Very Basic Budgeting for Beginners

Stay tuned for a series of articles on BUDGETING over the next few days.

Have you been talking about a family budget, but aren’t sure where to start? Sometimes it’s good to start with the basics, such as the basic outline for a budget and the categories you want to include. Here are some tips to help you formulate a simple family budget. ¬†This can be used for an individual budget, too.

Photo by Aidan Bartos on Unsplash


The first place to start in the outline of your budget is with your income. There will be some estimating here, no doubt; but make sure it’s estimation, not dreaming, say experts. The income area of your budget is not the place to write down ideals. Simply take a look at your net income over the last three months and estimate an average monthly income. Or you might have income that changes very little month-to-month; it should therefore be pretty easy to figure out your monthly income.


Your next category should be expenses. It’s good to include enough detail that you have a grasp on things, but splitting your expenses into dozens of little categories will probably only frustrate you. Try to make your categories fairy general – “entertainment,” for example, is a more general category than “computer games, movies, cable, and DVDs” listed as separate categories. There will probably be more estimation here than in the income category.

As you break down your expenses into understandable categories and numbers, remember that charitable giving or any giving away of money should be also listed as an expenditure.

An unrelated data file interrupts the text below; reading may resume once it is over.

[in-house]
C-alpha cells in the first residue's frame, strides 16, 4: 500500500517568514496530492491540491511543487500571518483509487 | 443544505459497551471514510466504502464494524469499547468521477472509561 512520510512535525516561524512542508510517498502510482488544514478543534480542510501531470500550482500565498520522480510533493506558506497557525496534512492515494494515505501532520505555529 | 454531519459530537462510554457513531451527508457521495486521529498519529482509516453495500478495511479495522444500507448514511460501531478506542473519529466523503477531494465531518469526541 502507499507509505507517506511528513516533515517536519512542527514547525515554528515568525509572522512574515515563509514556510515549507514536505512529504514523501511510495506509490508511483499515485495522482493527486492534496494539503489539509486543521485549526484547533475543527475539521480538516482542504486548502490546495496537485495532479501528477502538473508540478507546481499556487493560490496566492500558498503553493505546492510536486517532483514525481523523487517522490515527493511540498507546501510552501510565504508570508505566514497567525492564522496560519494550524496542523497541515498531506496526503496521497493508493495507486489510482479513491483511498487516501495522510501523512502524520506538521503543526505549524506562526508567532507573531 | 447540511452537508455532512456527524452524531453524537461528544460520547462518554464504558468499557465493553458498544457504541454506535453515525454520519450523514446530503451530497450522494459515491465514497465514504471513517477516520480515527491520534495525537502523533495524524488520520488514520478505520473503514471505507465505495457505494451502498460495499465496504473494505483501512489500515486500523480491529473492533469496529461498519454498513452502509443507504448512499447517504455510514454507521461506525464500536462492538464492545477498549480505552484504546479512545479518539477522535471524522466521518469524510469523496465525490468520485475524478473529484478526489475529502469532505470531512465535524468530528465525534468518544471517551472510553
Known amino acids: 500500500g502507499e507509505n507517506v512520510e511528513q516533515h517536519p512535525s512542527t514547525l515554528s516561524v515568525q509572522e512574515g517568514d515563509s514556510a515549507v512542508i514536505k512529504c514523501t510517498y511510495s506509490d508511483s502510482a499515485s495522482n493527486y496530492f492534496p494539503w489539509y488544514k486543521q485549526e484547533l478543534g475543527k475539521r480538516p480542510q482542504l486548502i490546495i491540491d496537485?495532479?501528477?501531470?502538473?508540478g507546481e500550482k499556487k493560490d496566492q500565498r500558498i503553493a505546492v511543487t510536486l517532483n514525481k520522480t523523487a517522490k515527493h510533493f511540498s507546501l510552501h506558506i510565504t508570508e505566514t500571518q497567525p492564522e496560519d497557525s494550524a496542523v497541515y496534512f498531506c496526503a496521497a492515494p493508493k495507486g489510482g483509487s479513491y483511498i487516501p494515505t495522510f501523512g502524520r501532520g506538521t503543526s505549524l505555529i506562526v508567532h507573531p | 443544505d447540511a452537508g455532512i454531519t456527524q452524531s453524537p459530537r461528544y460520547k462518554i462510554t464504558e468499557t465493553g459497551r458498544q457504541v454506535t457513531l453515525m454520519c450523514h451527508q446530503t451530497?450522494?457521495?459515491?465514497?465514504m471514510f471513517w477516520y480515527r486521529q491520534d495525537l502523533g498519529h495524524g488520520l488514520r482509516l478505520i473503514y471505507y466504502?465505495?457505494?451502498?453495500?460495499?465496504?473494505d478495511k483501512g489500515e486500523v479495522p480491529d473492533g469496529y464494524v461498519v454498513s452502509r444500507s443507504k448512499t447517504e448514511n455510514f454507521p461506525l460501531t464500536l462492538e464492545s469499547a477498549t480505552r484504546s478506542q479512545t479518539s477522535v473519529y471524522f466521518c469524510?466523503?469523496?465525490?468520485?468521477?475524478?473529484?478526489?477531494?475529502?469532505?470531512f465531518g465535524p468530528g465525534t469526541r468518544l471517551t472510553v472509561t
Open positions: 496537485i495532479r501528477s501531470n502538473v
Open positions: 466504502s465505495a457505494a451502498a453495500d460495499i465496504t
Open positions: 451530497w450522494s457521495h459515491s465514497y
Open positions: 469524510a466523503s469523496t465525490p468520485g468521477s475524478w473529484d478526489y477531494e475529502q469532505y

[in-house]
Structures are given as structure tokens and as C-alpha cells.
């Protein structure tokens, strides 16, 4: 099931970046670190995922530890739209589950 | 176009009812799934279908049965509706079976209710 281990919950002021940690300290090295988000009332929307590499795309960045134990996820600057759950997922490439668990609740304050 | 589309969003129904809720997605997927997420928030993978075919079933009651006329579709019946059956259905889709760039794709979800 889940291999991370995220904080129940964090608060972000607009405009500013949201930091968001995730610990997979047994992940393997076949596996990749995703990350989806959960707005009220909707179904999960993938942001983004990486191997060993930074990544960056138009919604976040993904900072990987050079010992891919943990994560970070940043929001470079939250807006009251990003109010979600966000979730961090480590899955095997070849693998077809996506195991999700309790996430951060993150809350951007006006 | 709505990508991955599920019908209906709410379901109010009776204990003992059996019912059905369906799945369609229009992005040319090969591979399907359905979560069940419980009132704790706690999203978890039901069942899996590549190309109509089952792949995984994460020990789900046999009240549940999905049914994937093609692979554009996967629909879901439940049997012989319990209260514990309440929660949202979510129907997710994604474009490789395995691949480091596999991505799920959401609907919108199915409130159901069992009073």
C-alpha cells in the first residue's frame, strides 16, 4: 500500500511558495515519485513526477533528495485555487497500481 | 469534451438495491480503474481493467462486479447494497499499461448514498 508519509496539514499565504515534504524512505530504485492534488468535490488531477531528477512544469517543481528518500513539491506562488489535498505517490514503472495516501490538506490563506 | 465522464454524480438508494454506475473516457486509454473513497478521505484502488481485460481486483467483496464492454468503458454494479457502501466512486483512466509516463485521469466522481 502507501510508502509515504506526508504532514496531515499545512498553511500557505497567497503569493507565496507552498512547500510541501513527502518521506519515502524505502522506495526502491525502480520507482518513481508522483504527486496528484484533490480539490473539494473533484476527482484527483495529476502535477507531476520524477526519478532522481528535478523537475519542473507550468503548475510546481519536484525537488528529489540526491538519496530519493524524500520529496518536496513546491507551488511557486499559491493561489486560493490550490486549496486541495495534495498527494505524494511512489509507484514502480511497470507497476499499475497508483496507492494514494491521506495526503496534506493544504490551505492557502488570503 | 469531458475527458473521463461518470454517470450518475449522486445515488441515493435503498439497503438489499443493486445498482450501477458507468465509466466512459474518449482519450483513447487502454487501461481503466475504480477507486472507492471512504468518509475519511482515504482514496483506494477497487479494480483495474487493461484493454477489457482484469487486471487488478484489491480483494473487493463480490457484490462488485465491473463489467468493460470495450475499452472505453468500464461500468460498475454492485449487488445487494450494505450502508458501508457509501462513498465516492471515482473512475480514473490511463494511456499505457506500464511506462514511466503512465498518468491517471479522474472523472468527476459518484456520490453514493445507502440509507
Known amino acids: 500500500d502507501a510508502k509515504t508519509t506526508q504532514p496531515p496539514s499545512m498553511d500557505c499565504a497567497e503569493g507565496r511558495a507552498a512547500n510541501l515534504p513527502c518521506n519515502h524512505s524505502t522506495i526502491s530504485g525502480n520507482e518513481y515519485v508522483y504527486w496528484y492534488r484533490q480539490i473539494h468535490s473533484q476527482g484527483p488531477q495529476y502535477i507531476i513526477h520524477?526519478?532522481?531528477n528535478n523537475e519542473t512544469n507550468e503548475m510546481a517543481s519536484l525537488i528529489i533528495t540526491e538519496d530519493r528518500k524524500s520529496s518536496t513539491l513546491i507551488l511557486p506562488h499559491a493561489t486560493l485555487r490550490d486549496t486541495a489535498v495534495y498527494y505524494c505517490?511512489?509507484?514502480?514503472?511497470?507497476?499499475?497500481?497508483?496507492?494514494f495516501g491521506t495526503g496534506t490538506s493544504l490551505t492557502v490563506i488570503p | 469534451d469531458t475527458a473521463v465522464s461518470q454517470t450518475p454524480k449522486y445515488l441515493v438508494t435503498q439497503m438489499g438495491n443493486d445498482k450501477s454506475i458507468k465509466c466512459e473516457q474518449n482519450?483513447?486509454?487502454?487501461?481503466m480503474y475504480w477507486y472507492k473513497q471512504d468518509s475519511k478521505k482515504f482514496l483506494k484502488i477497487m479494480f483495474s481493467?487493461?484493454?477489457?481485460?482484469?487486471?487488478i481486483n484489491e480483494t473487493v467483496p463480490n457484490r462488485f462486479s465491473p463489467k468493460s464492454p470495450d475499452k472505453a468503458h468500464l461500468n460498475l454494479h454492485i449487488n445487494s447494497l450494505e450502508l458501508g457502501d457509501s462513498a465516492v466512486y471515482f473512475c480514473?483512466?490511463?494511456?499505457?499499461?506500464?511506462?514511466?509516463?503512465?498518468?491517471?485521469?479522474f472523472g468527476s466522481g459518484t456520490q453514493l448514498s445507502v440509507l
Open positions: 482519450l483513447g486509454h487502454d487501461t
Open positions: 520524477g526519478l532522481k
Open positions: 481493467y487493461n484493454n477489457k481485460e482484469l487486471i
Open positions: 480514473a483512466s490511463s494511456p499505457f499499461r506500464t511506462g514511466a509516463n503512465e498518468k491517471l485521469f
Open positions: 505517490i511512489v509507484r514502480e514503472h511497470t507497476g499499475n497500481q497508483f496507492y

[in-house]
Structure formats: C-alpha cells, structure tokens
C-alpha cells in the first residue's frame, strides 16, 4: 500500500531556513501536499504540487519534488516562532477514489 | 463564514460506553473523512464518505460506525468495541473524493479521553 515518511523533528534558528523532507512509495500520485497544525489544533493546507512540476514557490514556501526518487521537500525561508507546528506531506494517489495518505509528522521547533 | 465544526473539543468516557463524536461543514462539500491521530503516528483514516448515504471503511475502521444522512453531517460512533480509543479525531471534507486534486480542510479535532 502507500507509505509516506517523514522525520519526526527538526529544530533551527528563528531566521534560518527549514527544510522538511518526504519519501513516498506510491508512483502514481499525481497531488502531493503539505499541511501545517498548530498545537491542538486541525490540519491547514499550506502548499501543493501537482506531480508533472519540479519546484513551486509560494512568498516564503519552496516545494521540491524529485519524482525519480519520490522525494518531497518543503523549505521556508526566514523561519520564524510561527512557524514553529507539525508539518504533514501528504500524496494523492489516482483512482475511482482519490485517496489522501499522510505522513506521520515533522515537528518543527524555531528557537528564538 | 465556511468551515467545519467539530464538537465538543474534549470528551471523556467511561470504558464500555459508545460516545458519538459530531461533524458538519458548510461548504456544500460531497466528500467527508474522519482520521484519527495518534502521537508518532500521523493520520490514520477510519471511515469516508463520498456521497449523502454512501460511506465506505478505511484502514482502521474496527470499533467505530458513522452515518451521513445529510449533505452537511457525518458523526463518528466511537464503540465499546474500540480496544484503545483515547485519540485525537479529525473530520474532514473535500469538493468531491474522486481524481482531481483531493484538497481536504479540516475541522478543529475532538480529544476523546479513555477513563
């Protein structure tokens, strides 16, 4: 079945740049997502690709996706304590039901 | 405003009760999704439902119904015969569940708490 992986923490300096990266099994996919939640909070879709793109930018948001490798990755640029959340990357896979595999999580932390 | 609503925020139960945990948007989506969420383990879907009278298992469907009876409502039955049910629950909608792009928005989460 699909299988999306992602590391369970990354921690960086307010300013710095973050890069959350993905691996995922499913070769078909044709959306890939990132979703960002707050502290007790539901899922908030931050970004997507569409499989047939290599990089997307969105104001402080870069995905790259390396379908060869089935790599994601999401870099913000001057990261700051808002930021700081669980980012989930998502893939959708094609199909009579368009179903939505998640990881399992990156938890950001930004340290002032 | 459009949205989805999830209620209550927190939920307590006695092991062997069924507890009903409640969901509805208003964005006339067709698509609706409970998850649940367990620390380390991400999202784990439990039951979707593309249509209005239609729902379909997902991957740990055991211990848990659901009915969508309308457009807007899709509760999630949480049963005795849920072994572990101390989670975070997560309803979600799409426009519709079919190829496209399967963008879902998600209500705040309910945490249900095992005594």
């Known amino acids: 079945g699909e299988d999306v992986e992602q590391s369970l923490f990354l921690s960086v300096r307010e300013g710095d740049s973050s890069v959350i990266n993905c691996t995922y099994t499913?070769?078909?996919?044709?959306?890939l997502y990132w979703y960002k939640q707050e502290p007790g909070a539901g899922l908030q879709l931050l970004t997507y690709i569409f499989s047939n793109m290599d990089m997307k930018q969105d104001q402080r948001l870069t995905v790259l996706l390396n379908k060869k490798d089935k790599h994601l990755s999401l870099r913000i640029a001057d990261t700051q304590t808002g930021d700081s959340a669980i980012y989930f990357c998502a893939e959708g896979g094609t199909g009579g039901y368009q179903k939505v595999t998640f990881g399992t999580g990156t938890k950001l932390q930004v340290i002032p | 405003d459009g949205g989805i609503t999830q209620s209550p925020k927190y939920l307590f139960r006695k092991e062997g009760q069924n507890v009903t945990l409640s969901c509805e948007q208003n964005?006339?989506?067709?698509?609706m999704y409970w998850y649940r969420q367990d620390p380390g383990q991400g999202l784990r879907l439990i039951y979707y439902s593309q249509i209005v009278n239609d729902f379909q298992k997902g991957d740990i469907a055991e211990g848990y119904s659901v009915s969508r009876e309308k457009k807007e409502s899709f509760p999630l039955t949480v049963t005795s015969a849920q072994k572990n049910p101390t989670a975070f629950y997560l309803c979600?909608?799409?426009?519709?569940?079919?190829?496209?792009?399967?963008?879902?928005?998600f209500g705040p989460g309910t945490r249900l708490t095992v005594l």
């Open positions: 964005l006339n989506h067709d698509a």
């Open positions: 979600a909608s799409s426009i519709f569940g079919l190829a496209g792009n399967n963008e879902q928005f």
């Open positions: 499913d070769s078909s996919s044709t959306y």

Actual Expenses

Estimation gives way to “real” numbers when you write down your actual expenses during the month. This is the last section of your budget plan. Keep a running tally of your expenses for several months, and then look at where you are.

Some Basic Principles

In budgeting, there are some principles that are considered basic. Here are some of them.

* Distinguish between wants and needs. This can be a hard one, but it’s vital for a budget to function properly. Beware of convincing yourself that a want is a need when it isn’t – you may just be trying to find an excuse to buy the item. Real needs are things like clothes, food, and shelter; but designer clothes, gourmet food, and a palatial dwelling are more like wants!

* Expenses should not exceed income. You may find yourself surprised the first time you do a budget and discover that you actually don’t make enough money to cover your expenses. If you discover this, you need to look carefully at your income section and see where you can increase it, and look just as carefully at the expenses and see where you can make cuts.


6 Convenient (and Unnecessary) Things Many People Can Live Without

It is scary to have to give up something you are used to, but in a successful retirement, it may happen.  In my case, there are a number of things that have to go just so I can make ends meet.  Here are some ideas you may not have thought about .

  • Cable TV: ¬†Cable is something that is pernicious and ever-present in our lives. ¬†The eyes pop open in the morning, the TV goes on. ¬†And we watch whatever is there, almost mindlessly. ¬†But, what if it doesn’t have to be that way?